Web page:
BWW Review: THE SHAWSHANK REDEMPTION at Metropolitan Ensemble Theatre At The Warwick Theatre
The Metropolitan Ensemble Theatre busts loose with an evocative new adaptation of "The Shawshank Redemption. Making its North American debut right here in Kansas City is Owen O'Neill and Dave Johns stage version of the original Stephen King story. Audiences cannot escape being drawn in by this beloved tale and the strong ensemble that director Bob Paisley has brought to the Warwick Theatre stage.
As the story opens, Andy Dufresne has been convicted of the double murder of his wife and her lover. Andy is brought to Shawshank Prison to be locked away for life. As he tries to adapt to the perils of incarceration be befriends some of the other inmates, including Red who is also in for murder. Using his skills in finance and accounting he gets into the good graces of the prison officials, who don't always abide by the rules themselves.
As time passes, new inmate Tommy arrives as a transfer from another prison. Andy takes Tommy under his wing to help him pass his high school equivalency exam. Tommy reveals that he has heard a story from an inmate in the other prison that could exonerate Andy. Andy goes to the Warden with the story in hopes of gaining his freedom. The warden, afraid of all that Andy knows, has no intention of allowing him to go anywhere. Unlike the other prisoners, Andy does not lose hope as he sets the in motion a series of events that lead to a dramatic conclusion. With Red's help Andy shows them all that "while the body may be locked away in a cell, the spirit can never be truly imprisoned."
O'Neill and Johns have effectively remained true to the original story while readjusting it for the stage. There are several clever new elements that have aided the transition from the movie version to this treatment. This new adaptation works well at the MET, even without elaborate "prisonscaping". The audience is allowed to imagine much of what is going on through the compelling use of well timed lighting and descriptive sound design.
Keenan Ramos (as Red) gives us a character that is nearly beaten down by incarceration, until Andy comes along. Ramos expressive eyes tell a deeper story as his narration guides the audience through the account of what happened. Ramos makes the audience see that Red is teetering on the edge between hope and despair - a question that remains unanswered until the final line of the play.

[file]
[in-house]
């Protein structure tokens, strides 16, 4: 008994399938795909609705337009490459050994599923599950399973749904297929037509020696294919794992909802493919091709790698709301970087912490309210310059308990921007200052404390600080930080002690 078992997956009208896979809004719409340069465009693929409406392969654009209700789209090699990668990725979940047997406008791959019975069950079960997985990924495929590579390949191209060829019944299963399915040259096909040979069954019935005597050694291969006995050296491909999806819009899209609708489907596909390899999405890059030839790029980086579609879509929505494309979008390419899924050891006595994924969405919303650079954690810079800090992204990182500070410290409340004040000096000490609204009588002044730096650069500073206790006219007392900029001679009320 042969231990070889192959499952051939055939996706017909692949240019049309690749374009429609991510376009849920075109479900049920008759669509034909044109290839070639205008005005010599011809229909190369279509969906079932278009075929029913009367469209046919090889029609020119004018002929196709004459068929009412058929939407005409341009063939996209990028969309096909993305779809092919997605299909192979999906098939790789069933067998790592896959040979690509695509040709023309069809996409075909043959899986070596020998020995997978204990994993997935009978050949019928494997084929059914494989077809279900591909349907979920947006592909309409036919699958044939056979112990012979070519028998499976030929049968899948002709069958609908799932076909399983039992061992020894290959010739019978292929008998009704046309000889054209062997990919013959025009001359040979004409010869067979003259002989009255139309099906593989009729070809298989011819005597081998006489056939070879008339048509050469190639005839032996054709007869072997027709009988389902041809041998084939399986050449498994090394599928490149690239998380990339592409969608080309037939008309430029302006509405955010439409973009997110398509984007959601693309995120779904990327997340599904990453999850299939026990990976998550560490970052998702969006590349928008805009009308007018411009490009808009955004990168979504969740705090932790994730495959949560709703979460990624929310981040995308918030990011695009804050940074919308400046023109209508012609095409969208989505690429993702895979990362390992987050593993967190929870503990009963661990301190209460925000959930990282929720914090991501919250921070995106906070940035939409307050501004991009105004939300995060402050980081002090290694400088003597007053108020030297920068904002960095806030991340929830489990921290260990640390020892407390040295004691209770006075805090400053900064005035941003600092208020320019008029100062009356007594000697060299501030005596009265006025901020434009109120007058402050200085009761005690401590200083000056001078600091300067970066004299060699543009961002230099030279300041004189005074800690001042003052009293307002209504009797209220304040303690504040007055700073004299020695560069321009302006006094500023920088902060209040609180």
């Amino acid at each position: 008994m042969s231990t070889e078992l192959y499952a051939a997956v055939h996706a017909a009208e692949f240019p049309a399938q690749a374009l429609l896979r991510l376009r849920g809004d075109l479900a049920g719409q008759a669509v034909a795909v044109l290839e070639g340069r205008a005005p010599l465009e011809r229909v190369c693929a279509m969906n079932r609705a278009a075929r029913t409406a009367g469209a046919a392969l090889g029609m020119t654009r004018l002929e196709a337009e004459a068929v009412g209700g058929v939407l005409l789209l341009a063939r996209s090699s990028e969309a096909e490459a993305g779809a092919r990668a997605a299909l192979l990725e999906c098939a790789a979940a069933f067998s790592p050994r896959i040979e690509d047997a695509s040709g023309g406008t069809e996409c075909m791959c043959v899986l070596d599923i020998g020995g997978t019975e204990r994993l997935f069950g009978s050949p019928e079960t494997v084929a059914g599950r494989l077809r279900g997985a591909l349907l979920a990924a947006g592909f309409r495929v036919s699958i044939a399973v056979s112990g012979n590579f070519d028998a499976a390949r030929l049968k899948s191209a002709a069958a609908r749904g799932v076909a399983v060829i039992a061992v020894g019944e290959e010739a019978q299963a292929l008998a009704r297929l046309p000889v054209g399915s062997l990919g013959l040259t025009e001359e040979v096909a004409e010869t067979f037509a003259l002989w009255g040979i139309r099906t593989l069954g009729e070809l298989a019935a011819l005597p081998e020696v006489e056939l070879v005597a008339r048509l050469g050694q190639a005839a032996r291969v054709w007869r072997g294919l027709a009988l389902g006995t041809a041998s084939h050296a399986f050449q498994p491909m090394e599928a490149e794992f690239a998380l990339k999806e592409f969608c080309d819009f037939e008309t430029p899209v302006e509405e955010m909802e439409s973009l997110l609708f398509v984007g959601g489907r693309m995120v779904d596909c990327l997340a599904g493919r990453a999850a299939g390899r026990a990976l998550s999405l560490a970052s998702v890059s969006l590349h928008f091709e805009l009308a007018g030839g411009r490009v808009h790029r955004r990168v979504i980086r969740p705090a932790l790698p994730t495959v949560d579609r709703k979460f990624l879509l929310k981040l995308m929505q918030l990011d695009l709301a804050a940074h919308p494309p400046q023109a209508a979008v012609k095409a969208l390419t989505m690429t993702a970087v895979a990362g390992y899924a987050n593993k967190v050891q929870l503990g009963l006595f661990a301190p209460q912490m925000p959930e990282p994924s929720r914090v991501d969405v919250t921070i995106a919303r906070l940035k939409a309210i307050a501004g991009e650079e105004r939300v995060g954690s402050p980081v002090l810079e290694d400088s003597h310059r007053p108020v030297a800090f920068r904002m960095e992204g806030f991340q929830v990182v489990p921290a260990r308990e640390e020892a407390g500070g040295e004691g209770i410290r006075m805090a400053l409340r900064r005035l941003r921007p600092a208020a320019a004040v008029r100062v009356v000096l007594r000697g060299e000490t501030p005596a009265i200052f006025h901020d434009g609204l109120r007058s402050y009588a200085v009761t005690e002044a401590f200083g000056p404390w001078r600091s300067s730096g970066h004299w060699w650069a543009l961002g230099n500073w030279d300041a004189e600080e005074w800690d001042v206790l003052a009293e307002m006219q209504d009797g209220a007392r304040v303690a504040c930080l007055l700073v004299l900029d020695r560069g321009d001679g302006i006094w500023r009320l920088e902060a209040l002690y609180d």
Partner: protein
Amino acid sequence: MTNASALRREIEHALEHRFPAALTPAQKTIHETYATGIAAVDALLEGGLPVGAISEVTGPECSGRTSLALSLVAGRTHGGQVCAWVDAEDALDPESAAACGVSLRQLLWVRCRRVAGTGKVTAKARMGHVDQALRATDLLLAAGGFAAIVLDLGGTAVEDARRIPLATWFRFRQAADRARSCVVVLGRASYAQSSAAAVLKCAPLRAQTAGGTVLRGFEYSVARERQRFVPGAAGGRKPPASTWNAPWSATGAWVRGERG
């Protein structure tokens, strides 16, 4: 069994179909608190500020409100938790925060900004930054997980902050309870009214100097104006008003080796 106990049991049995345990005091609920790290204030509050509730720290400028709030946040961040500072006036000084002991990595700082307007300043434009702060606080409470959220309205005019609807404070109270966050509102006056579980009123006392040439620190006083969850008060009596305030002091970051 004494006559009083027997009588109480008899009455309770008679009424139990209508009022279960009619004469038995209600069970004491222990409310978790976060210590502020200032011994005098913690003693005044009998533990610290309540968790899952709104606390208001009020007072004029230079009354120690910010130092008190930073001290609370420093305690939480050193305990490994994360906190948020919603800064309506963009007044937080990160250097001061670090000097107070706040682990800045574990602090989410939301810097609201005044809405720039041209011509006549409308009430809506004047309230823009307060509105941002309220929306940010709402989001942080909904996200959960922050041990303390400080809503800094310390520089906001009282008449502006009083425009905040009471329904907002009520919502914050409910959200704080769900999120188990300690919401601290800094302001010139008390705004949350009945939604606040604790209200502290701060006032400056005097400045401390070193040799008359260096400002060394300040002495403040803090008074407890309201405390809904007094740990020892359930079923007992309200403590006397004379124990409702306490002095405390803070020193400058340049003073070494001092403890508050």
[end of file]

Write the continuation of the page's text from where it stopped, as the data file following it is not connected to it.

Chris Roady (as Andy Dufresne) plays a person who is living out their worst nightmare. Roady makes us believe that Andy is unjustly caught in an unbelievable web of circumstantial evidence. Sticking with a restraint to his performance, Roady aptly draws the audience in with his sense of resilience and quiet strength. It is from Roady's performance that everything else hinges and he holds it all together perfectly.
S.E. Perry (as Warden Stammas) delivers a pious man that an audience loves to hate. Perry allows the twisting of fact, by this wayward warden, to build to a stifling pressure. With a character that seems built on the premise that the end justifies the means, Perry's character falls prey to his own arrogant carelessness (if not a bit of karma).
The ensemble of inmates provide a well distinguished cast of unique personalities. With a variety that spans from endearing to bedeviled bad guy these men create a backdrop that ranges from amusing to scary. The list of convicts include: Chad Burris, Dan Daly, Kevin Fewell, Larry Goodman, Evan Lovelace, Andrew Paredes, Christopher Preyer, and Alex Paxton. And, as unrelenting guards - Tim Ahlenius, Nick Hazel, and Alex Paxton. This group is a treasure trove of creative character treatments that really make this a standout production.
So, aside from the fact that you can see the North American premier of this beloved story, you should see this because the MET has once again delivered something quite special. For such a small professional theatre to tackle such a challenge speaks not only to determination, but the very hopeful nature of this very story. That they have gathered such an ensemble of talent is, well...the saw in the cake!
The Shawshank Redemption performs at the Warwick Theatre on Main Street in Kansas City, MO from April 4-21, 2019 The show runs close to 2 hours and has an intermission between the two acts. There are some scenes of brief nudity and simulated assault.
Metropolitan Ensemble Theatre is located at 3927 Main St, Kansas City, MO 64111. There is ample parking behind the building. For tickets, call 816-569-3226. Visit www.metkc.org for more information or to purchase tickets online.
Photos courtesy of MET